A Bohemian Talmudist and grammarian, who flourished in the first half of the thirteenth century and probably lived at Prague. Among his works, yet unpublished, is a commentary on the Maḥzor, entitled "Arugat ha-Bosem" (Bed of Spices), probably the most ancient Jewish literary effort in any Slavonic country. In this Abraham shows himself to have been a faithful follower of the scholars of northern France, who, uninfluenced by Arabo-Spanish philosophy, devoted their attention solely to the Bible and the Talmud. As a Talmudist Abraham exhibited a strong tendency to casuistry, while as a Bible exegete he was simple and sound, working chiefly after the method of RaSHBaM, whose commentary he often quotes. It is not certain that he enjoyed actual personal intercourse with his French brethren; he may have been influenced only by their literary productions.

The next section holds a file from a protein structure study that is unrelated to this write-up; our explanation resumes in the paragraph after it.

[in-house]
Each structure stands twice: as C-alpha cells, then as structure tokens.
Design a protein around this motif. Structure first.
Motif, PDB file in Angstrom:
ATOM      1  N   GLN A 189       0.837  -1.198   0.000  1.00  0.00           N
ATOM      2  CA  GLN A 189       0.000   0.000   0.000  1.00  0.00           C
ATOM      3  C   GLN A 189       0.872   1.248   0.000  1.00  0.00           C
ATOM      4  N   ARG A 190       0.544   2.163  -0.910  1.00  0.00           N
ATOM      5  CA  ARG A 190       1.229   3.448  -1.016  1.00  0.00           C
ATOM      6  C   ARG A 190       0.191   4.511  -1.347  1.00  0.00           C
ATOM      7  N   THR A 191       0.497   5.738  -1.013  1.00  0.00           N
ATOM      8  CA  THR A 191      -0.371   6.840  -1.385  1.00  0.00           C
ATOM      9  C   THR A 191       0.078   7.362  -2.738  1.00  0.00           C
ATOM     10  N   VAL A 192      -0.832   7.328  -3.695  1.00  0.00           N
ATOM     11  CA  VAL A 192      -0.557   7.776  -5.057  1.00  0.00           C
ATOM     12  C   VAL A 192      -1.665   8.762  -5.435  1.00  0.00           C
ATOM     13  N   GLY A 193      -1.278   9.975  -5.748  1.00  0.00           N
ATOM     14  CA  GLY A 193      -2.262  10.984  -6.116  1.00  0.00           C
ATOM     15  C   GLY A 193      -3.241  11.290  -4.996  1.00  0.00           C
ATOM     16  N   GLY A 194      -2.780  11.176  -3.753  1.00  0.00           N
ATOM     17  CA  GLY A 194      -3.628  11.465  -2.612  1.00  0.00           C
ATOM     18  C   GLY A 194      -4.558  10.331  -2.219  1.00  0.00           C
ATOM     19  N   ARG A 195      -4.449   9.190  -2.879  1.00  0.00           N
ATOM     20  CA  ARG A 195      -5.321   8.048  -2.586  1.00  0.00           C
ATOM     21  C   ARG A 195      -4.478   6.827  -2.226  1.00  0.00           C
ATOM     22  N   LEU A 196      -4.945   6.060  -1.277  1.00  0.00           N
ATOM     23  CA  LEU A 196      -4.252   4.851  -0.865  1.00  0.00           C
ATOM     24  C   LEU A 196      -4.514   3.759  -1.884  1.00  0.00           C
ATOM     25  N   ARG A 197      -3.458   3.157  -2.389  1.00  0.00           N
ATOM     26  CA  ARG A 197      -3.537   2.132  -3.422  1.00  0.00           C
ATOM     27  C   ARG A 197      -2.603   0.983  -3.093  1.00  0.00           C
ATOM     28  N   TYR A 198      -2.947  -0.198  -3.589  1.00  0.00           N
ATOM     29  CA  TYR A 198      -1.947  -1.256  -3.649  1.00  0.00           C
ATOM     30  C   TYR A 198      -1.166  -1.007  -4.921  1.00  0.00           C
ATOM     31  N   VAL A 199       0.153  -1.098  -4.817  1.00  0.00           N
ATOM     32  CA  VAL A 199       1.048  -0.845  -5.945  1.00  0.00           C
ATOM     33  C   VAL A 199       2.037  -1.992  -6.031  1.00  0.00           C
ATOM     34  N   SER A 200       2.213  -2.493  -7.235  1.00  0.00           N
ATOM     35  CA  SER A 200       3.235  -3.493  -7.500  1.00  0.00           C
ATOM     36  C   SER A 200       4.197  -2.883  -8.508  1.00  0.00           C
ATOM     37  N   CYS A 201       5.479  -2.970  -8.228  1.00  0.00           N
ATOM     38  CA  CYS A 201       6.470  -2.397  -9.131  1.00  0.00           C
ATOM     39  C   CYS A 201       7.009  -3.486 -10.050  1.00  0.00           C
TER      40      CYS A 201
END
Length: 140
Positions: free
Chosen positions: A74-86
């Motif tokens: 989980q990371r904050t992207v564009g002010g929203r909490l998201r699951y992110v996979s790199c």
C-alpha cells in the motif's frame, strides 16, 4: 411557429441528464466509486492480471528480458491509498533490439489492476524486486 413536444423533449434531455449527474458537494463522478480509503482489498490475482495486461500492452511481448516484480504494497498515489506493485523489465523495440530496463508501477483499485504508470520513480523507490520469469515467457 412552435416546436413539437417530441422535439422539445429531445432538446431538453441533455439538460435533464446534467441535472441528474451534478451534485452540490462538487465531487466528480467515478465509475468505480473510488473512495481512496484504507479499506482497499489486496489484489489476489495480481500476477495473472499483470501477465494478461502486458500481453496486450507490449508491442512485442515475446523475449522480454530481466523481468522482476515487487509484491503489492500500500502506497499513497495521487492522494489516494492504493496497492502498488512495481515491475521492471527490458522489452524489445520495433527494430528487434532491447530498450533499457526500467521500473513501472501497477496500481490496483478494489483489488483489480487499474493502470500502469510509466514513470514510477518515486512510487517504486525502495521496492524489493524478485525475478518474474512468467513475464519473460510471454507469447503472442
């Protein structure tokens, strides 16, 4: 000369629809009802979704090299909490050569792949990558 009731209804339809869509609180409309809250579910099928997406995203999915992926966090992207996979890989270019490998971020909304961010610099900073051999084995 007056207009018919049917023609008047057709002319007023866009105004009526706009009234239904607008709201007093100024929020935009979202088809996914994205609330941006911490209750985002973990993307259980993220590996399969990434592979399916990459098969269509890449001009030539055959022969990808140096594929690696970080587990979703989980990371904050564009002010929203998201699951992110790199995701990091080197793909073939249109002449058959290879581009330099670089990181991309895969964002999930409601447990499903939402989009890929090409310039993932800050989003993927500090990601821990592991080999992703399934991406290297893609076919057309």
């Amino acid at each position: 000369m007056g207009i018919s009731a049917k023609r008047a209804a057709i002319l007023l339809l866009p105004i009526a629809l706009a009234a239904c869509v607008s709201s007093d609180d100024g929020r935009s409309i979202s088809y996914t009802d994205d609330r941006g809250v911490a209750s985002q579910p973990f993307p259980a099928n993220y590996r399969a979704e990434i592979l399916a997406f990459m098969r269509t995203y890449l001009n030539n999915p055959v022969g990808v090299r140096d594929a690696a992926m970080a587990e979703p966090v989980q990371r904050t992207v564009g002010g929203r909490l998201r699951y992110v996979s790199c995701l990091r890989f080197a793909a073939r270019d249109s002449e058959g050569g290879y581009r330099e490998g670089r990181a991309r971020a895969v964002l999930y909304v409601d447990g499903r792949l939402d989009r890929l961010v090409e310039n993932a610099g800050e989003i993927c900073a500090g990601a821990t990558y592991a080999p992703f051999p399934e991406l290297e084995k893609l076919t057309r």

The explanation of many obscure Hebrew words by their Bohemian equivalents in Abraham's work shows that the Jews of Bohemia at that time made use of the vernacular; and some of the Bohemian expressions there adduced are among the oldest in the language.

  • Berliner's Magazin, i, 2, 3;
  • Perles, in Monatsschrift, 1877, pp. 360-373;
  • Kaufmann, ibid. 1882, pp. 316-324, 360-370, 410-422; 1886, pp. 129 et seq.
L. G.
Images of pages